3. THE SIXTH SENSE (1999)
My dad picked this one for movie night when I was twelve. That’s too early for a horror movie about malevolent ghosts, I know, and yet it was also just the right time. I was a scared kid, still not over my fear of the dark, but The Sixth Sense somehow helped me overcome that. It was delightfully scary, cozily scary, and I subsequently learned to associate fear with that coziness. Today I’m a horror junkie who goes out of his way to be scared, and I’ll always cherish that movie night with Dad as the first time I was able to transform fear into something pleasant.
Even taking that out of it, though, The Sixth Sense is a brilliant piece of cinema. Fear is only one of the emotions that drive the story; there’s also great sorrow, love, and joy, and I guarantee that you’ll feel them all. If you think that sounds schmaltzy, rest assured, your mind is going to be just as satisfied as your heart. Not only is the plot insanely clever (please don’t have it spoiled for you), but every scene is filled to the brim with ingenious little touches. It’s one of those movies that feel consummately thought-out, down to every detail.
And to those of you who insist it’s not horror but a supernatural thriller: Tell me that again after you’ve watched it alone at night, and we’ll sit down and have a conversation about it.
2. LA VITA È BELLA (1997)
(International title: Life Is Beautiful)
Two decades before Jojo Rabbit, audiences were crying and laughing just as hard at the Holocaust in this Italian masterpiece. Director and writer Roberto Benigni also plays the main part: a kind, fun-loving Jewish father and husband whose world collapses just before the end of World War II. I won’t spoil exactly what happens, but let’s just say that the premise lends itself to both great comedy and great tragedy, and that the movie takes full advantage of both. Still, the mix of genres never becomes distasteful or tone-deaf, at least not in my opinion. Thanks to the subtleties of the direction and script, the opposite emotions work symbiotically rather than cancelling each other out.
But what truly makes the movie is the main character. He first strikes you as little more than a silly prankster, but you gradually learn that he’s using his imagination and sense of humor to cope with the increasingly threatening world he lives in. And when he faces the ultimate horror halfway through the film, he must use those same qualities to help his family survive. He’s caught in the most appalling episode of human history and still holds on to his cheer, because he knows how important it is to the people he loves. He’s one of the bravest characters I’ve ever had the privilege of knowing.
Out of all the Holocaust films I’ve seen, La vita è bella is the best. It portrays the ultimate good, the ultimate evil, and everything in between. It portrays humanity. I think every human should see it.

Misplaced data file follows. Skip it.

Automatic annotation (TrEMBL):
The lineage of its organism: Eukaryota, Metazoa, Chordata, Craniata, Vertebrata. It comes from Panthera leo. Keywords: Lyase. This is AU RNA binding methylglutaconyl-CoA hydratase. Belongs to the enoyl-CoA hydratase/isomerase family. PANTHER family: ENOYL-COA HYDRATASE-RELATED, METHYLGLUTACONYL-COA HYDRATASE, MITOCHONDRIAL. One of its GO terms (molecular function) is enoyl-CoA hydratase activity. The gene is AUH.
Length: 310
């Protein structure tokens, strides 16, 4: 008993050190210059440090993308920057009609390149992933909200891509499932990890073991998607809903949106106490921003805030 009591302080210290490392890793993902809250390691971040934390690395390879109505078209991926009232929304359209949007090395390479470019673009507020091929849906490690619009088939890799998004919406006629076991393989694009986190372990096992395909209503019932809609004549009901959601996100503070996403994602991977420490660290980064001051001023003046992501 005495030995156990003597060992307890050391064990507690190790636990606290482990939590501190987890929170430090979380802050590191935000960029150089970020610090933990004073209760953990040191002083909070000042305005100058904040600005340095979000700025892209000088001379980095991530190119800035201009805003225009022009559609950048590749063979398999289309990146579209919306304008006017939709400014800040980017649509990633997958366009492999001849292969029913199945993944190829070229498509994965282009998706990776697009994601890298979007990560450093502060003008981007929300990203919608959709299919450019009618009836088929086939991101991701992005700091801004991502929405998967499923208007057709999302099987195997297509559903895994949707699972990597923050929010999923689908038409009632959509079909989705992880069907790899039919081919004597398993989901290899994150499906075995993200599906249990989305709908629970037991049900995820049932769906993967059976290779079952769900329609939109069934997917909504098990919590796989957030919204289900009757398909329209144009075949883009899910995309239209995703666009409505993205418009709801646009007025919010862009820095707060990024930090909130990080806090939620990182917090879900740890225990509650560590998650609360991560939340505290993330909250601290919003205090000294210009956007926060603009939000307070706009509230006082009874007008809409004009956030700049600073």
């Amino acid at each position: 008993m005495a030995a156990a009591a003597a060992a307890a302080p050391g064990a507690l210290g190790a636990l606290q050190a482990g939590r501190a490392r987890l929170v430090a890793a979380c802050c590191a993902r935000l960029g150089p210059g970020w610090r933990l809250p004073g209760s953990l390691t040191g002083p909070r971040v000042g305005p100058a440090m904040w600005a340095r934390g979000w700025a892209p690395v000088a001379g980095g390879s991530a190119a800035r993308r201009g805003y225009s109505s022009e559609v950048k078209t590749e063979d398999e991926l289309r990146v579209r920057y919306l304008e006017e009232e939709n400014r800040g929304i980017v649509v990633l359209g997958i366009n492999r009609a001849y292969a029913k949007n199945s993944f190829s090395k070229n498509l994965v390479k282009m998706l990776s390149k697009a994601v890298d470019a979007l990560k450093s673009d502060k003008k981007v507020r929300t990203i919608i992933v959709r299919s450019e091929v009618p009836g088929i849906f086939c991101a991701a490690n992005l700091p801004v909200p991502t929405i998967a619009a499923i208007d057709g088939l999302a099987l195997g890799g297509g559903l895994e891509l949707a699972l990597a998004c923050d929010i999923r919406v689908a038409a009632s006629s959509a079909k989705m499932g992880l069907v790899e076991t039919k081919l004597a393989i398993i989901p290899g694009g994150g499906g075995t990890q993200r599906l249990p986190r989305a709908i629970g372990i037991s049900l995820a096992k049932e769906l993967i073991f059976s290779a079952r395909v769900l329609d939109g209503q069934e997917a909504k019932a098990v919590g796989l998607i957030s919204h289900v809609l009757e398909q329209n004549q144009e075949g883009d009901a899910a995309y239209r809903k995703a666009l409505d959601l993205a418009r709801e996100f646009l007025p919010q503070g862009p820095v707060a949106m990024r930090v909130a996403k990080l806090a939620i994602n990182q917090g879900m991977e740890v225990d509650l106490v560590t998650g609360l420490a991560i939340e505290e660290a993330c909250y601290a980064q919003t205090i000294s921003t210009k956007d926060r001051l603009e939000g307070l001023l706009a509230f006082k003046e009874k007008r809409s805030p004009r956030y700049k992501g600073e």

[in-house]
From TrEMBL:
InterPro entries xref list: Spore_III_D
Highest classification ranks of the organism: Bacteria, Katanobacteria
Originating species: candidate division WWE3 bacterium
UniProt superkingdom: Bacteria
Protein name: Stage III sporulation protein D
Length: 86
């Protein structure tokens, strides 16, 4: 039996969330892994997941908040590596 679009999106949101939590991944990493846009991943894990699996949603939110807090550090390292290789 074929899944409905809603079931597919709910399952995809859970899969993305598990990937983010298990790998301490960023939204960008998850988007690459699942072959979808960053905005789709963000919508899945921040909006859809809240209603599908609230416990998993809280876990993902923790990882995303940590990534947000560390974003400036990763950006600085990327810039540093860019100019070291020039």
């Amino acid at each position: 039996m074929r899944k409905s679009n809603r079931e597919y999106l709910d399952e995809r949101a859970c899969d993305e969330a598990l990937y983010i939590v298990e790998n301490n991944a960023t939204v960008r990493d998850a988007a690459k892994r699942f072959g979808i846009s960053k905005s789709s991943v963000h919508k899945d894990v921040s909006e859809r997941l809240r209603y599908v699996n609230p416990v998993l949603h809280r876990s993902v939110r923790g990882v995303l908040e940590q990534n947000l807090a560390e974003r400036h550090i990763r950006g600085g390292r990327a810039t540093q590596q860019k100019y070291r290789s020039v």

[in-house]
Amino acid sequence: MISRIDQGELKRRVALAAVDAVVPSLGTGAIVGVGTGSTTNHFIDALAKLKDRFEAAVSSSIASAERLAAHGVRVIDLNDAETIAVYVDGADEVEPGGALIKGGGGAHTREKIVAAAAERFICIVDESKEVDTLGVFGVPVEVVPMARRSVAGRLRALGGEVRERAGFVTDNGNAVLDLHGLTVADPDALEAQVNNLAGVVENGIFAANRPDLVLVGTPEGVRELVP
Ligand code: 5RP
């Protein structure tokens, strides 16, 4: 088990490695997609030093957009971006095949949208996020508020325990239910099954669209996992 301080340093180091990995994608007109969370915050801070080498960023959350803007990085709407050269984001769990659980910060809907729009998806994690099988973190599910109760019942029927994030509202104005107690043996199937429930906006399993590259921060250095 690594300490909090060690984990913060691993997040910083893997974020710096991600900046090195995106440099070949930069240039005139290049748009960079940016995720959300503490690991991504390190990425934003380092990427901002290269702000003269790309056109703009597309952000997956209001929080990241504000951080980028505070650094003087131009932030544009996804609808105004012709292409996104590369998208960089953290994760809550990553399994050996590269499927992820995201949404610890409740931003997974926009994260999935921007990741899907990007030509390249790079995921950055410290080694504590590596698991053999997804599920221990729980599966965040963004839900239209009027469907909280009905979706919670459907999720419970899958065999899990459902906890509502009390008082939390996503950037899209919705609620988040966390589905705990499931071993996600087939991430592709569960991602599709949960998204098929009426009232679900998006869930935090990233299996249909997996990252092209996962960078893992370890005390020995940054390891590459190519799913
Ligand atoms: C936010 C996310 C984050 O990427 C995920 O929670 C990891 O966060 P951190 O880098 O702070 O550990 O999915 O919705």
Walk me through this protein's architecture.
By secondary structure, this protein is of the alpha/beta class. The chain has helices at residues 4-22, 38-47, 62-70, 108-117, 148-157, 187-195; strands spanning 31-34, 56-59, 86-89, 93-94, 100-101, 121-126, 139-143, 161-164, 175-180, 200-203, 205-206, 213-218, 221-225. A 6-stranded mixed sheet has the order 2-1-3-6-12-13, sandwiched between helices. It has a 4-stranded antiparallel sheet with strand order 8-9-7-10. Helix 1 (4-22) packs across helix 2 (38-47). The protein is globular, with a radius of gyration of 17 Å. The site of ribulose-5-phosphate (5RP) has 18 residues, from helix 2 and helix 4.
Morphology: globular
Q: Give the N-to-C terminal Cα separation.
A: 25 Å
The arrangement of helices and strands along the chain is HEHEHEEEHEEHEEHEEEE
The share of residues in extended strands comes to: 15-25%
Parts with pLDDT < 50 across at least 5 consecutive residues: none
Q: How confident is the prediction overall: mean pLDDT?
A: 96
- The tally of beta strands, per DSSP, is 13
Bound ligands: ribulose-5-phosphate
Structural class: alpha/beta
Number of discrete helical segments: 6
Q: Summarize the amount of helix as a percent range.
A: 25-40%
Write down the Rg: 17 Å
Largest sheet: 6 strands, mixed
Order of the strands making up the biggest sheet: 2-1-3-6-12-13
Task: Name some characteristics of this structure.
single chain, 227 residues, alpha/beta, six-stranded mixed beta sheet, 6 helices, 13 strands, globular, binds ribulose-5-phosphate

1. THE IRON GIANT (1999)
I was not yet four. My grandma was taking me to the movies, but the tickets for the innocent toddler picture we wanted to see were unfortunately sold out. So Grandma took a chance and got tickets for something slightly more mature, an animated American export that happened to be playing at the same time. Thus, just like in the case of The Sixth Sense, a film that I was probably too young for ended up shaping a part of my identity. Now I wouldn’t give that part away for the world.
The Iron Giant is about a boy in the 1950s who befriends a colossal alien robot and has to keep it hidden from a world sick with Cold War paranoia. The animation combines 2D characters and environments with a 3D model for the robot, but unlike most hybrid-mation movies from around the turn of the millennium, the computer graphics don’t stick out like a sore thumb. The robot is perfectly integrated into the hand-drawn world. Indeed, every frame of the film looks beautiful.
What’s even more beautiful is the message. Okay, the movie has several messages, all of them good, but my favorite is the message of choice. Without giving too much away, I can tell you that every character, including the robot, is faced with difficult choices throughout the story, and what they choose goes on to define them. The villain consistently chooses fear. The heroes are those who try to choose love. That alone is a good life lesson, but the film goes even further by showing that love isn’t always the easy choice. Sometimes it’s difficult, sometimes it’s frightening, and sometimes you can’t do it. But when you do choose love, you’re a hero. You’re Superman. That message is a hundred times stronger than just “be kind, kids”. The Iron Giant actually explores kindness, and shows it to be both the most wonderful and the most difficult thing you can do. I could not have asked for a better movie to mold my toddler mind.
The film’s only downfall is the perplexing lack of female characters. Bar the protagonist’s mother, the cast is entirely male; even the eponymous robot is, for no apparent reason, referred to as a “metal man”. I don’t think this hurts the story, but it’s an undeniable flaw with the product.
Wow, I made it all the way to number one before I went full SJW!